Geography and climate

The commune of Tomora is located 100 km north of Bafoulabé. [2] It is bounded on the east by the rural commune of Diallan, north by Diakon, south by the commune of Bafoulabé and west by the municipality of Sidibéla, and to the south-east by Kontéla. Tomora is located on the foothills of the Fouta Djallon, and the commune has a topography characterized by a multitude of hills with narrow plains between them. The climate is Sahelian, typically hot, with rainfall varying from 700 to 900 mm per year with three main seasons: dry (March, April, May and June), Rainy (July-October) and cold (November-February). [2] No permanent watercourse traverses the commune so for water the inhabitants have had to resort to drilling wells and collecting water from further afield given that there is no permanent piped water supply. [2]

Diallan Commune and town in Kayes Region, Mali

Diallan is a town and commune in the Cercle of Bafoulabé in the Kayes Region of south-western Mali. In the 2009 census the commune had a population of 14,635.

Diakon Commune and town in Kayes Region, Mali

Diakon is a town and commune in the Cercle of Bafoulabé in the Kayes Region of western Mali. In the 2009 census the commune had a population of 34,100.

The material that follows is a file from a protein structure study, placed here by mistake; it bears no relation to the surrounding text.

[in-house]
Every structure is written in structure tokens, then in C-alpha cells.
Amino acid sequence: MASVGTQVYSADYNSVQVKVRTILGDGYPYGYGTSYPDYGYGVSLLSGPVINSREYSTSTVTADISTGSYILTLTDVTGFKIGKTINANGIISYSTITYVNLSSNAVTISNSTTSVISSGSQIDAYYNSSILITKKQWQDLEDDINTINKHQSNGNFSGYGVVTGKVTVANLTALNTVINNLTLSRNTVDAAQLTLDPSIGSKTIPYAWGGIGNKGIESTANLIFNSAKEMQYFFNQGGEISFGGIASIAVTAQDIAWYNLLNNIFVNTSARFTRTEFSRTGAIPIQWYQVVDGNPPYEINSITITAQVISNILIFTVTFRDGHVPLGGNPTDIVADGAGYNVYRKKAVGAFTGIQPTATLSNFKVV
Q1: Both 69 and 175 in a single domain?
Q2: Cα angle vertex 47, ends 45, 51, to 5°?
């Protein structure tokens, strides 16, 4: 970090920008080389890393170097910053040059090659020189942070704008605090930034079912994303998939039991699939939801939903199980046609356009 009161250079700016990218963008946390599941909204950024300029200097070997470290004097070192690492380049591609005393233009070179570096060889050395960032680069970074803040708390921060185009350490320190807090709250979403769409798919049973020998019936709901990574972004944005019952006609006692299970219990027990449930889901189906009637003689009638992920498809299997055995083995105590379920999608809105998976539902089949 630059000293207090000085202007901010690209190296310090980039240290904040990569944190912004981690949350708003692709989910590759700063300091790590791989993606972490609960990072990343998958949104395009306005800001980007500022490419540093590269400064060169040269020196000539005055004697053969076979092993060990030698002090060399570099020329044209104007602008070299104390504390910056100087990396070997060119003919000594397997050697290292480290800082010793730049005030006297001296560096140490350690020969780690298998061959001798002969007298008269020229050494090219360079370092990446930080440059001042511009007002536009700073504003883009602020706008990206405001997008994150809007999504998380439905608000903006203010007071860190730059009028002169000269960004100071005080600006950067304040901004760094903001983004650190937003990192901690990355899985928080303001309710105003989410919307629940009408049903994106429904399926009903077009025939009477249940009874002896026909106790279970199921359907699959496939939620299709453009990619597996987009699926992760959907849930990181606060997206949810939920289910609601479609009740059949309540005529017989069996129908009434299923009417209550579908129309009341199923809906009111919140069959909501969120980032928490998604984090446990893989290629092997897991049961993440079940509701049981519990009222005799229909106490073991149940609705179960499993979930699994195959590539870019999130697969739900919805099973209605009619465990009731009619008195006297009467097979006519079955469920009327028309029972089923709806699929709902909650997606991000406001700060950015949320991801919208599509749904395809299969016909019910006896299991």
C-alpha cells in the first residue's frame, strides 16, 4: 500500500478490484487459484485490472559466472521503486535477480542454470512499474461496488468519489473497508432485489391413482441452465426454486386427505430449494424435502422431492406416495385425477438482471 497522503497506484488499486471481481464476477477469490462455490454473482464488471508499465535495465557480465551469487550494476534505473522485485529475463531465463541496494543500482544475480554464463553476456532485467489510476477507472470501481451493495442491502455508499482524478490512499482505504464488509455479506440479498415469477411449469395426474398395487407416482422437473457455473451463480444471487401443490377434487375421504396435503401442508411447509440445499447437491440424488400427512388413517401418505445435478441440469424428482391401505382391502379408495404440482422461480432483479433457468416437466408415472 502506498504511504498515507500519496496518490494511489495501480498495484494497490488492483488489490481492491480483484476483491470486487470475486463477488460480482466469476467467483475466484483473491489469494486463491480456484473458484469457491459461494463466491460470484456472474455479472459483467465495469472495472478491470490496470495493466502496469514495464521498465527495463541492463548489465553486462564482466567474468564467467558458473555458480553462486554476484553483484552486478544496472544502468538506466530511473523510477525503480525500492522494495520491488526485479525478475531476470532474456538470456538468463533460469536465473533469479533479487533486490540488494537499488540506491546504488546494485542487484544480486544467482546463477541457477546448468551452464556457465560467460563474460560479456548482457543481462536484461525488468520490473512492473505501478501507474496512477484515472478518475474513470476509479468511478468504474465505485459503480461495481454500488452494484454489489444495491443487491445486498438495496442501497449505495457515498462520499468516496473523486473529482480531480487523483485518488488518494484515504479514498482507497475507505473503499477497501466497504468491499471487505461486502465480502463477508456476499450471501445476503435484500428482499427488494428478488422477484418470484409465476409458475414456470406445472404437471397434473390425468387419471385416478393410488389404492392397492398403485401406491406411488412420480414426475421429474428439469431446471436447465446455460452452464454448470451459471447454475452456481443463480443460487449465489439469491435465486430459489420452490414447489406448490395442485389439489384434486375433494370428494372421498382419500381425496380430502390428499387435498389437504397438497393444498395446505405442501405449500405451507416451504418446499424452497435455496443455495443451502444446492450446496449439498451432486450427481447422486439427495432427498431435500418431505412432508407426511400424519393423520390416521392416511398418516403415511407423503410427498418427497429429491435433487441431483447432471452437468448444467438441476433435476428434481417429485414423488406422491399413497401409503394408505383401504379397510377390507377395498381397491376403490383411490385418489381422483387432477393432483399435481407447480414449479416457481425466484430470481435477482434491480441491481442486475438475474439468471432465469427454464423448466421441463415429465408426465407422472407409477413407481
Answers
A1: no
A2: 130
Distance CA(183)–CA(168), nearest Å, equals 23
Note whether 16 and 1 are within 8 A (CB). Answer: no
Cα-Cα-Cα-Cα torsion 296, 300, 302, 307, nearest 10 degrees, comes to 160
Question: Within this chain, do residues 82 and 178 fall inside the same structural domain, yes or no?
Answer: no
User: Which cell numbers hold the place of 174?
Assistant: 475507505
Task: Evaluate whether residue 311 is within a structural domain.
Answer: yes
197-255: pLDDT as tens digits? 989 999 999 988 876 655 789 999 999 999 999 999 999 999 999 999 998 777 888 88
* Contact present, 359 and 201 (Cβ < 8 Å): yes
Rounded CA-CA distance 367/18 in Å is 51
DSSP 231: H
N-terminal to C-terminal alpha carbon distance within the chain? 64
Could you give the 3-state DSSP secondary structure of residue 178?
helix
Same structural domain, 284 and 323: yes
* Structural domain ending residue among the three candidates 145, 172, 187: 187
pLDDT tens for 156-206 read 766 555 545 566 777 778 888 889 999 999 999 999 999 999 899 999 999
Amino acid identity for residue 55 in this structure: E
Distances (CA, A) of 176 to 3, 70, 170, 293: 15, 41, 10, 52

The Nando Peretti Foundation, backed with funding from the AECI (International Co-operation Spanish Agency), by the ECGO (Humanitarian Aid Office, European Commission) and private financial supporters and institutions such as the Barcelona Provincial Council, the Catalan Fund for Development and La Caixa Bank have been involved in improving water supply in the commune, particularly in the village of Madalaya and the surrounding villages of Tifé, Bougountinti, Mansadji, Diafan, Yahinane, Tamratinti, Bdiandiana, Gao and Diba. [3] They have also instructed the local people to maintain the borehole pump and distribution system to obtain the best advantage of fresh water availability to provide for some 8000 people in the local area, including 1360 in Madalaya and rest in the surrounding villages. [3] At present a yield of 40 m3 per day is supplied by 10 traditional wells, but the wells are shallow and the aquifers unfavorable, less than 20 m deep while the drill hole depths range between 43 and 80 m. [3]

Barcelona City and municipality in Catalonia

Barcelona is a city in Spain. It is the capital and largest city of the autonomous community of Catalonia, as well as the second most populous municipality of Spain. With a population of 1.6 million within city limits, its urban area extends to numerous neighbouring municipalities within the Province of Barcelona and is home to around 4.8 million people, making it the sixth most populous urban area in the European Union after Paris, London, Madrid, the Ruhr area and Milan. It is one of the largest metropolises on the Mediterranean Sea, located on the coast between the mouths of the rivers Llobregat and Besòs, and bounded to the west by the Serra de Collserola mountain range, the tallest peak of which is 512 metres high.

However the variety of soils from gravelly or silty to sandy loam and sandy clay are suitable in many parts for agriculture. A number of plants inhabit the commune including gum, baobab, jujube, Kungo sira and other thorny species and the trees are plants are often used for firewood, lumber, and for medical purposes. [2]